First aid training was on the program agenda, but not methods such as CPR or the Heimlich maneuver. Instead, the Youth Mental Health First Aid training focused on ways to help youth experiencing a mental health crisis.
Twenty-five people — including high school and college students, teachers and professors, parents, a pastor and a nurse — gathered Saturday at the MU Extension in Boone County. The program’s goals were to demystify mental health stigmas and to teach people how to provide immediate help in a mental health emergency.
The participants each earned a certificate upon completing the day-long training. The event was cohosted by the MU Extension in Cooper County and Children’s Grove, a local charity that supports young people’s mental and emotional health.
Sarah Traub, a human development and family science specialist based at the MU Extension in Cooper County, and Alejandra Gudiño, an officer for MU’s Division of Inclusion, Diversity and Equity, led the training. They followed a curriculum set by Mental Health First Aid, an international nonprofit that trains people to “identify, understand and respond to signs of mental illnesses and substance use disorders.” The nonprofit also trains people to provide emotional support to people with a mental health or substance abuse problem.
Gudiño said they have offered the training to educators everywhere in Boone County except Columbia, where they hope to bring it soon.
She also said the idea is for people to have a conversation with and inspire hope in those they’re trying to help.
“Recovery is there, even in the most difficult cases,” Gudiño said. “Treatment is there.”
Both Traub and Gudiño stressed that the course is not meant to train people to diagnose mental illnesses, but rather how to care for people and help connect them with resources. Gudiño said she wants people to know how to talk to those suffering and “listen with good hearts and a little bit of information.”
During the training, participants talked about the importance of seeing mental illness the same way as physical illness.
“It’s important to have regular first aid because you don’t want to bleed out,” Katie Ensign, one of the participants, said. She said having mental health first aid is just as important, “because you don’t want to bleed out mentally either.”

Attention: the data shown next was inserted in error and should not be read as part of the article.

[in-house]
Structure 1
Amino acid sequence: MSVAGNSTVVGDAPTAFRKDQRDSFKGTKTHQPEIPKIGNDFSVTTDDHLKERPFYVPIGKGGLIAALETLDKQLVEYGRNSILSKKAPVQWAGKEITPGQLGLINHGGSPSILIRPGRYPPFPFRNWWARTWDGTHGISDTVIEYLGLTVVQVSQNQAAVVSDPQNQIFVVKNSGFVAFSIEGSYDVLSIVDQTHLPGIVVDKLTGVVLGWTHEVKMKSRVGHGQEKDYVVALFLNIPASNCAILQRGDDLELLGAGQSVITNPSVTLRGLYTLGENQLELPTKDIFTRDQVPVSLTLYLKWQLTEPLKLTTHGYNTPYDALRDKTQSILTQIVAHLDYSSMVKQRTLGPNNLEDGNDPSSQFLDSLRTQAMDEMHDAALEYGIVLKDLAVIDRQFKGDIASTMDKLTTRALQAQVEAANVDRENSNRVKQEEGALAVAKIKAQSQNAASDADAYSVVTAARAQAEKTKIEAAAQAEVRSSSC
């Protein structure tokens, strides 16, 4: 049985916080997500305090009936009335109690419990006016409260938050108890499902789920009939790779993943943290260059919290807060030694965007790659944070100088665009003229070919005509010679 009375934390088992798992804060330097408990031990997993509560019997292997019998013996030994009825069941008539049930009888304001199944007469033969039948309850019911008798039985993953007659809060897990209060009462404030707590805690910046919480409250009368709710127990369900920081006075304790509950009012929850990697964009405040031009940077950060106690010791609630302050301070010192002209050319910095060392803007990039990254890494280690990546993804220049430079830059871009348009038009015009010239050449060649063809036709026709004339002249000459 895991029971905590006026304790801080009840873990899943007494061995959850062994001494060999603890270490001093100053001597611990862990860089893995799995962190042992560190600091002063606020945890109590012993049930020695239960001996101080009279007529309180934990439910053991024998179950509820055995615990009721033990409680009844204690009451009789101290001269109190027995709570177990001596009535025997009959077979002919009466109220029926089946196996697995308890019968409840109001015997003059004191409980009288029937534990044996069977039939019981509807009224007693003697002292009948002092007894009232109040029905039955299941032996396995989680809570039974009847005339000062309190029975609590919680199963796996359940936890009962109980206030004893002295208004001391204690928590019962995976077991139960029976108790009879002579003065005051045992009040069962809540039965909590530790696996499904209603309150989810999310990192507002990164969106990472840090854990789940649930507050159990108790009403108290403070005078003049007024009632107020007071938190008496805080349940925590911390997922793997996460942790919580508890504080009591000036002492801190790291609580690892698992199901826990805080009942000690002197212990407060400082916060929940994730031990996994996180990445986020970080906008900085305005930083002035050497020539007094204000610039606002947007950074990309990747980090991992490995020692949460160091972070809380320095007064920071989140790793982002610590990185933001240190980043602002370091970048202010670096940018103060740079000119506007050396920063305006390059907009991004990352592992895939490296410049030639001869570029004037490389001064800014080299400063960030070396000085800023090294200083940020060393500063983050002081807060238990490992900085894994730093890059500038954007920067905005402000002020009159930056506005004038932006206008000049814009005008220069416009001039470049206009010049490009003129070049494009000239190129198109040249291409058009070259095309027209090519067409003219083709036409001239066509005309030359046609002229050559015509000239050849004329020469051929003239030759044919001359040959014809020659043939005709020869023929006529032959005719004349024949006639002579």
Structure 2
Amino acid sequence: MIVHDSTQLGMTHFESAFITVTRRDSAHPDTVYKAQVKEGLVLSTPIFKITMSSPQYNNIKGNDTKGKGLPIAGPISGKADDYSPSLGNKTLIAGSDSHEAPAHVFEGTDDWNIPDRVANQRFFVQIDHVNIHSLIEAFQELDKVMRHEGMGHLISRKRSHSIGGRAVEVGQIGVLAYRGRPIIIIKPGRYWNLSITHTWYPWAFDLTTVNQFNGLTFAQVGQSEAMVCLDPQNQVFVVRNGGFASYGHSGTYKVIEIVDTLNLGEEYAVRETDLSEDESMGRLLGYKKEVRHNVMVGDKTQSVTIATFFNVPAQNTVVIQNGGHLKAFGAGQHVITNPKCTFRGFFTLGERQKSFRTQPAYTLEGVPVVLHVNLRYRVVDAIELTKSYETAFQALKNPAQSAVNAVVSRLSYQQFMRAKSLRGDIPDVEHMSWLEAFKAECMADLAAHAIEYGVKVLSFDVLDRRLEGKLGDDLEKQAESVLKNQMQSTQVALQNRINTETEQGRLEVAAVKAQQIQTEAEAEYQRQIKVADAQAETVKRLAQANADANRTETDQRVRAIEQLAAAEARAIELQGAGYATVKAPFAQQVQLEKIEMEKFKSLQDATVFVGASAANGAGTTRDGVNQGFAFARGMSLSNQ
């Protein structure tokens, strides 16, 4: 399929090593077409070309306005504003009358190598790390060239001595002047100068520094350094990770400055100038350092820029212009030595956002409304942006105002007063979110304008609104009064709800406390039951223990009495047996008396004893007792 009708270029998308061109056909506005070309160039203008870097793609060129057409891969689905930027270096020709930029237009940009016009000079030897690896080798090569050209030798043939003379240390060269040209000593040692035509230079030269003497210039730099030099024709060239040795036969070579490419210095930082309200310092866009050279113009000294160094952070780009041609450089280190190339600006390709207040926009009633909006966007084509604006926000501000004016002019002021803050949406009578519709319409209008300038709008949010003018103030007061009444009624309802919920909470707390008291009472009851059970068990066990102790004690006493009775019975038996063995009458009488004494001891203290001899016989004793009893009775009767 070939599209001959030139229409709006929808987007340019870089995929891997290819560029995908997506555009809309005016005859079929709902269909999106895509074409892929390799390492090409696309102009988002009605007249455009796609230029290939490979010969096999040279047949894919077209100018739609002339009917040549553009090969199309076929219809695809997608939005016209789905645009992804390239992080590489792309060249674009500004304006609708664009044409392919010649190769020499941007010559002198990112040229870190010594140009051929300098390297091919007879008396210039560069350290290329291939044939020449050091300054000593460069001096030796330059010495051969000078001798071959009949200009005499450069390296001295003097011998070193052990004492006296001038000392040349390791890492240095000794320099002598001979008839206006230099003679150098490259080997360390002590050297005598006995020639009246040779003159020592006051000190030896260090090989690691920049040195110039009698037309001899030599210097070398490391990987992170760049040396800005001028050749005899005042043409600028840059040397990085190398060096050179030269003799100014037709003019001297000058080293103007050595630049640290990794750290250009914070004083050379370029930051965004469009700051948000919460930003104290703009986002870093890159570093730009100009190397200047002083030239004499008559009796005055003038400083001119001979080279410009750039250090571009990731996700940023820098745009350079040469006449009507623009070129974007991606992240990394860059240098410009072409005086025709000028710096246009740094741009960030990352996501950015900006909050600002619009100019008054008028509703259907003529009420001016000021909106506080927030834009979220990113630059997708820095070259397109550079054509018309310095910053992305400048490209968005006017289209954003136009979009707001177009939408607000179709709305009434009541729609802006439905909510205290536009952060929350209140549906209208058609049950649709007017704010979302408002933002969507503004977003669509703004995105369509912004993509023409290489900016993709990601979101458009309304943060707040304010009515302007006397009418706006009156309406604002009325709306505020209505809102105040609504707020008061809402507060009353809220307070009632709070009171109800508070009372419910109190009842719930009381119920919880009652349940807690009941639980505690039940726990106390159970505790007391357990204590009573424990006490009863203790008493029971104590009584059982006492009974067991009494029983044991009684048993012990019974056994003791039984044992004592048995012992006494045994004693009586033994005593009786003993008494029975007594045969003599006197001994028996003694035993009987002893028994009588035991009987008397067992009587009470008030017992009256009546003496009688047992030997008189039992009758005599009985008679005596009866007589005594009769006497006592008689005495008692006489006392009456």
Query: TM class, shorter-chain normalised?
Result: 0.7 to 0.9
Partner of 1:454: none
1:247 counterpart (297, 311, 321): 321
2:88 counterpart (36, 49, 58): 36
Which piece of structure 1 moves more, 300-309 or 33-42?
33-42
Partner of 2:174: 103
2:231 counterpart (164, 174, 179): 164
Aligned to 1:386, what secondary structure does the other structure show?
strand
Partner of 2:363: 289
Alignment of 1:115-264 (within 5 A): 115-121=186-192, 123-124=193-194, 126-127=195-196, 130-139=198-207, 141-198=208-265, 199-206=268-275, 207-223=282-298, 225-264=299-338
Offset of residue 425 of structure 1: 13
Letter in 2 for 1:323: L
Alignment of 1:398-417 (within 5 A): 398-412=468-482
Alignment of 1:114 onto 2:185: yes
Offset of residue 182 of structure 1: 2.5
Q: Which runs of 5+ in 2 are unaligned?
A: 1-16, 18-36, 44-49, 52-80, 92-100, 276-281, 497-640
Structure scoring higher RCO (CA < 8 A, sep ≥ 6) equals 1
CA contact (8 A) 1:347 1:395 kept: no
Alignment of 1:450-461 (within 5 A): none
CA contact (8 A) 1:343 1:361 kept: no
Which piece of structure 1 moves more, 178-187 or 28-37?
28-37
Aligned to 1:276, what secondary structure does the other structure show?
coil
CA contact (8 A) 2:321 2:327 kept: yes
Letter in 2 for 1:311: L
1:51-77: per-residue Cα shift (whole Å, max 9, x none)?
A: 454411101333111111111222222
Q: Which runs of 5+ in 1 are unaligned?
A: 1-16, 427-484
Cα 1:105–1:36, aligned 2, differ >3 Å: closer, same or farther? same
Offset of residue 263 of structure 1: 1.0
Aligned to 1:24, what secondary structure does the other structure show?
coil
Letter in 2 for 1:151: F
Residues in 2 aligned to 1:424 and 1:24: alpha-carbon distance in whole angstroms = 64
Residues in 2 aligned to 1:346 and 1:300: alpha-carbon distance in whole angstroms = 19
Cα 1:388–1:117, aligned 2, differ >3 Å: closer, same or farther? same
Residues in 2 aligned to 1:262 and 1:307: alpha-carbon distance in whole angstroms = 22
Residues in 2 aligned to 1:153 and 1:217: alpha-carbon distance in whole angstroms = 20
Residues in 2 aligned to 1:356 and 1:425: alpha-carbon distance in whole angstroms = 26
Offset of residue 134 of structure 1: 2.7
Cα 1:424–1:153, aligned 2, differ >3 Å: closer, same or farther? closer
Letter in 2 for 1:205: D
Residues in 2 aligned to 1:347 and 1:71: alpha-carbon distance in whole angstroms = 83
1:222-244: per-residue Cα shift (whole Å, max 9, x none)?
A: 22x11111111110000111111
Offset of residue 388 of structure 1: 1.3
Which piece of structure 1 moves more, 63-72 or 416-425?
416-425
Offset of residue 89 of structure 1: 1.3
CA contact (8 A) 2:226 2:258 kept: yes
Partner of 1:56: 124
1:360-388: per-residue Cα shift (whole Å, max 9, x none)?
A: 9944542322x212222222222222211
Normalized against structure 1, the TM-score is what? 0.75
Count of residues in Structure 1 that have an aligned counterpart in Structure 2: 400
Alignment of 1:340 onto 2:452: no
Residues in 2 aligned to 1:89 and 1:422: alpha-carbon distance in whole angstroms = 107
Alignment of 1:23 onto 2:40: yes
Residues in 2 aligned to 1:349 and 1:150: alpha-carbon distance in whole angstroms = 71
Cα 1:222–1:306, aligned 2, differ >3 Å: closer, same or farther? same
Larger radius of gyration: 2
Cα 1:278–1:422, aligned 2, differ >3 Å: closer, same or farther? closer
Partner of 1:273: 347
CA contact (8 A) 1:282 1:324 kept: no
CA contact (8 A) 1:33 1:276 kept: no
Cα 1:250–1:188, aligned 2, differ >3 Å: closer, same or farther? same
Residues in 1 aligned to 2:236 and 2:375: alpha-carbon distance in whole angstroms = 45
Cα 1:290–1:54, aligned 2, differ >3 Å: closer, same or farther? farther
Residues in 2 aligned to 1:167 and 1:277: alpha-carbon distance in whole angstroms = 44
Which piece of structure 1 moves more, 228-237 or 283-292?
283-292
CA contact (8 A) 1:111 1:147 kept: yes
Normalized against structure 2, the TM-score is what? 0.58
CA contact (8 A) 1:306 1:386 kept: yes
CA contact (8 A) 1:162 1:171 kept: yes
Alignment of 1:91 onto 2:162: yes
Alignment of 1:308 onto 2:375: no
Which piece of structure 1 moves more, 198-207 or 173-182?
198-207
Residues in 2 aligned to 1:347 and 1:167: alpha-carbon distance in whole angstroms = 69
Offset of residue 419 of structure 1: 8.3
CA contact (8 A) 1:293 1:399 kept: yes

Gudiño said this requires suspending judgment on others.
“We don’t judge people when they say, ‘Oh I have to go and put insulin because I have diabetes,’” she said.
Participants expressed various reasons for wanting to take the course.
Heather Dougan, a senior at Southern Boone High School in Ashland, said she has been waiting since last year to take it. She wants to be a social worker, and hopes this training will help her decide whether she wants to work with youth.
Molly Ring, an art teacher at Benton High School in St. Joseph and an MU graduate, said she came to learn more tools to use with her own students. In the seven years she has been teaching, she said she has adapted how she responds to her students’ behavioral issues.
“I want to get to the heart of what’s going on instead of being reactive,” Ring said. “Behaviors are usually not independent. There’s always something that’s a deeper cause.”
She also said she focuses on building relationships with students and doesn’t always make discipline the first step.
“The primary thing that helps me, even in a frustrating situation in the classroom, is approaching those situations with care — genuine care and concern — and trying to make that the first priority,” Ring said.
The course also covered the national prevalence of mental health issues among children. According to the National Alliance on Mental Illness, 21 percent of 13- to 18-year-olds experience a severe mental disorder at some point, along with 13 percent of 8- to 15-year-olds.
Participants brought up several potential problems with data on mental health illnesses. They discussed how it can misrepresent certain age groups, genders and ethnicities because some of those groups may be less likely to report mental illness for a variety of reasons.
Supervising editor is Tynan Stewart.